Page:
September 28, 2022
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Miramar inches forward

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After a tedious and drawn-out process that has resulted in the Aug. 28 conceptual approval of Rick Caruso’s Miramar Hotel redevelopment in Montecito, all parties interested in the project would likely agree with one public commenter, who said he didn’t care what decision the commission made about the resort’s parking and water, “Just get the damn bar open as quickly as possible.”

Despite another full-day hearing at which the planning commission scrutinized the potential negative impacts of the proposed redevelopment of the Miramar Hotel in Montecito, the commission finally and unanimously granted the project conceptual approval, based on conditions that will be further discussed at an Oct. 8 hearing.

Dianne Black, director of development services for Santa Barbara County planning and development, said she expects the commission to take final action at the early fall hearing. But with hefty opposition coming from several Montecito residents, Black said the approval will likely be appealed.

“We’re very pleased with the outcome,” Matt Middlebrook, vice president of Caruso Affiliated, told the Business Times, although he said the plan still runs the risk of being appealed to the Santa Barbara County Board of Supervisors.

If that happens, Black said it could be as long as two months before a hearing is scheduled with the board of supervisors, possibly even drawing county approval of the project into 2009.

Still, Middlebrook said if the project receives final approval Oct. 8, the developer plans to move forward on the design and construction process “with a great deal of speed.”

Although he couldn’t estimate when the project would break ground, Middlebrook said it would take approximately 18 months to complete the hotel once construction started.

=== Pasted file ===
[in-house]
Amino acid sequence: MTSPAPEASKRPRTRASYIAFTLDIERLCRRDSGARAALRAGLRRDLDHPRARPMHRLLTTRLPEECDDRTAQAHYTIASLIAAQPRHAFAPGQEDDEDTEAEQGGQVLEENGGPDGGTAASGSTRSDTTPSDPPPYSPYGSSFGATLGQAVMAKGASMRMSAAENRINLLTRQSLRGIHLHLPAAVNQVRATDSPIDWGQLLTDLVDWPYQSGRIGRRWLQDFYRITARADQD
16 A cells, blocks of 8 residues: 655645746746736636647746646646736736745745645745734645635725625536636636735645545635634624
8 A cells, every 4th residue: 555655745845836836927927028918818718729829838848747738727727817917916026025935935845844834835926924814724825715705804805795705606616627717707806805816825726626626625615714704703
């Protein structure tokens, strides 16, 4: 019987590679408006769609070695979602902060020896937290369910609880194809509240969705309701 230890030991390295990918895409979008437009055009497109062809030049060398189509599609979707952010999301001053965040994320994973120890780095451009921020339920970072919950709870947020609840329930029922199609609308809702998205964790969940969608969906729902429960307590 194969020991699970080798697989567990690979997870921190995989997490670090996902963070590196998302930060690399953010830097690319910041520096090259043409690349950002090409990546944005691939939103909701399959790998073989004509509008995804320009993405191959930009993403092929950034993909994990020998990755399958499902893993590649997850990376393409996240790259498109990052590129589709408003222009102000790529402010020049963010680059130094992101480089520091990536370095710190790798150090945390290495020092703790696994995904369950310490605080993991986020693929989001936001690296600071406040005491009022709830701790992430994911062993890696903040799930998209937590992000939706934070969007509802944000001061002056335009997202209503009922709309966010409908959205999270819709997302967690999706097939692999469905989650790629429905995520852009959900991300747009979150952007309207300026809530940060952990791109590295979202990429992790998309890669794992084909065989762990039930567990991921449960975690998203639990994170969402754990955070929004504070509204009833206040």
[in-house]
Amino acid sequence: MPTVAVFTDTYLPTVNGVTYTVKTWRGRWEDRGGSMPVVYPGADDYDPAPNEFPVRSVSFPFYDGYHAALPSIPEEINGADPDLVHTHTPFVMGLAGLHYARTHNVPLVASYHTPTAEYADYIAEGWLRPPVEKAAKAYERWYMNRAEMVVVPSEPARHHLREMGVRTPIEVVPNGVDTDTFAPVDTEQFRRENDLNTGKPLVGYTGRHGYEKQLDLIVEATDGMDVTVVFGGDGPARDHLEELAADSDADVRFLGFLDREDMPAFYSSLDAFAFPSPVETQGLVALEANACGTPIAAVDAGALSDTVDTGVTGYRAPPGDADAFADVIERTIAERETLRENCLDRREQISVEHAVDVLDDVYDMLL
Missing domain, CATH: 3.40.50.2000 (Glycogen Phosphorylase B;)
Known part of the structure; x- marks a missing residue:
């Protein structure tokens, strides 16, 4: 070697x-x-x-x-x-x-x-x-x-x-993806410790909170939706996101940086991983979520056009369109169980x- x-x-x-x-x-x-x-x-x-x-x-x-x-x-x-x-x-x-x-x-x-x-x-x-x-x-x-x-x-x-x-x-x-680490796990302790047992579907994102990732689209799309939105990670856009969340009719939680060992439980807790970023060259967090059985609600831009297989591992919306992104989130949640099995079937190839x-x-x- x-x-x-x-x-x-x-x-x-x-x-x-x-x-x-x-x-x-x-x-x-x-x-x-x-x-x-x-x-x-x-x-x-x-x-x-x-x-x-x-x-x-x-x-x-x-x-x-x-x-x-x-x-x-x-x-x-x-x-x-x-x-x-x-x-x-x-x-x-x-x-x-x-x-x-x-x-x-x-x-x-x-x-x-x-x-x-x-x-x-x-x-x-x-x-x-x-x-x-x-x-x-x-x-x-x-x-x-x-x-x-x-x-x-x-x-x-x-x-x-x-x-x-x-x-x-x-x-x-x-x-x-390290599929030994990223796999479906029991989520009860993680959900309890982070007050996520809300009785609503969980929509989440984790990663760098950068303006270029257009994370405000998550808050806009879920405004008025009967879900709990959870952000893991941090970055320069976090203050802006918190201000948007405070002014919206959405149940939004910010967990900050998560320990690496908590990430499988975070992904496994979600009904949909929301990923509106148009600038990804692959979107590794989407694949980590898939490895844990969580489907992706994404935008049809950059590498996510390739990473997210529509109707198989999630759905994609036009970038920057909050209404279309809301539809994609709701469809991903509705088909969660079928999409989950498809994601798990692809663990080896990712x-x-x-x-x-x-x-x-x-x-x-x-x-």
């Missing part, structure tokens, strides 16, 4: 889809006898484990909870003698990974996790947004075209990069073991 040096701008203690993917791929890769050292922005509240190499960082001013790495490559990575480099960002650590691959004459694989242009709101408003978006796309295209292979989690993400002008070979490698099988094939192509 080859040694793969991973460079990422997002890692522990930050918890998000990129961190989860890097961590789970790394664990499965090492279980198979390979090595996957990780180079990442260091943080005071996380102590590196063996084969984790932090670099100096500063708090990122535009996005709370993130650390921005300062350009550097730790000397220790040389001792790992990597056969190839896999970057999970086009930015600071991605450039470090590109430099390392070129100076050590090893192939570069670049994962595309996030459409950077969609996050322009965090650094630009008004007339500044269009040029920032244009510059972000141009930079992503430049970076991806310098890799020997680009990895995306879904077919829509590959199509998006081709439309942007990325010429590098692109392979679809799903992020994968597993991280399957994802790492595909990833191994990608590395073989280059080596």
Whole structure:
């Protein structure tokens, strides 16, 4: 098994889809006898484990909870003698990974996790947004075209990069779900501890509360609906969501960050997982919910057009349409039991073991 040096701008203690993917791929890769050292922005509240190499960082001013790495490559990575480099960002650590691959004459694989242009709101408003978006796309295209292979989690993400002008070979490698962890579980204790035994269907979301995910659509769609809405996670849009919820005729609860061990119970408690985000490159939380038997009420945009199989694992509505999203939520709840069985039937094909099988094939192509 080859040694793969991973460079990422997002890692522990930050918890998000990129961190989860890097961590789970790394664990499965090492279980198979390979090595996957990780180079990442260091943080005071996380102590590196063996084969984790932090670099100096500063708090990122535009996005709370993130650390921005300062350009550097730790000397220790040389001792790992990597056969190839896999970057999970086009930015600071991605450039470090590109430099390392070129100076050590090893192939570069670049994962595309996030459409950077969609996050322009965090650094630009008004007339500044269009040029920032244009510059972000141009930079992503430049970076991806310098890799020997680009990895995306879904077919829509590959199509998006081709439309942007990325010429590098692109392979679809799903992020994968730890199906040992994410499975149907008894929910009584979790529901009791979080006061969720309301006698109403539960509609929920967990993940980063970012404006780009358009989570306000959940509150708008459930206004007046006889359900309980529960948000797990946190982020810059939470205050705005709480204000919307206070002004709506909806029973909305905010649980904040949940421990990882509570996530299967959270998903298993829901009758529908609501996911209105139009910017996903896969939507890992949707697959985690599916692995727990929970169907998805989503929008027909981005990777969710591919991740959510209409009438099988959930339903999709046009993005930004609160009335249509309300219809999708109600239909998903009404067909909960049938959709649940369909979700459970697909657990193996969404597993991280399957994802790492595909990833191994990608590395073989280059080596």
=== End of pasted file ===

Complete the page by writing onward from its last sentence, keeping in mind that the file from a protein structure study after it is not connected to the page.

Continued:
The planning commission’s agreement to approve the project came after Black’s assurance that conceptual consent did not bind the commission to the approval of specific project details.

“We have large complicated projects in Montecito on occasion … and this one was more challenging than many in what has transpired,” said Planning Commission Chairman Bob Bierig prior to the vote. “There’s sure been a lot of emotion on this – it’s interesting to see. If this was a vacant field, I don’t think we would have gotten nearly the emotion we have out of this…but given the background on this, we find ourselves in a very different situation … people want to see this restored to what it was.”

Early in the afternoon, the commission also voted to rescind its previous request for a subsequent environmental impact report to study concerns regarding the hotel’s water usage.

Some of the major concerns of the Miramar redevelopment plan proposed by Caruso Affiliated – the famed lifestyle shopping center developer owned by Rick Caruso and responsible for The Grove in Los Angeles – have included water usage and its impact on Montecito’s water supply; parking in residential neighborhoods near the resort; architectural style fitting with the historic Miramar structure; building heights; scale; drainage and flood risks.

“We’ve tried all along to listen carefully to the community and respond accordingly by the revisions in our plan and we did it again and think it was clearly a big help,” Middlebrook said.
Bierig addressed the project developers, thanking them for making changes to their proposal to assuage the community’s concerns.

“I am reminded that Montecito didn’t just happen. It’s a wonderful place and the reason we like it is because of the pain we put people through – I don’t mean intentionally painful, but the winnowing process to reach a consensus,” Beirig said. “I am now very encouraged we have a project before us that, albeit not perfect, has gone a long ways toward being the thing that will fit into … the community.”

Caruso’s changes included reducing the hotel’s main building height by 4 feet and cutting the height of another building, cutting the number of rooms from 204 to 192, moving two-story buildings out of the setbacks along Jameson Road, and cutting total square footage by more than 6,000 square feet to approximately 170,000 square feet.

“We’re very pleased with the outcome. We worked hard to address the comments by the planning commissioners from the Aug. 6 meeting and they were happy with the reaction to the proposed changes we made and are pleased with their decision to not proceed with the [supplemental environmental impact report] with water,” Middlebrook said. “We look forward to getting back in front of them and hopefully getting to final approval in the next few weeks. It’s a big step on the project.”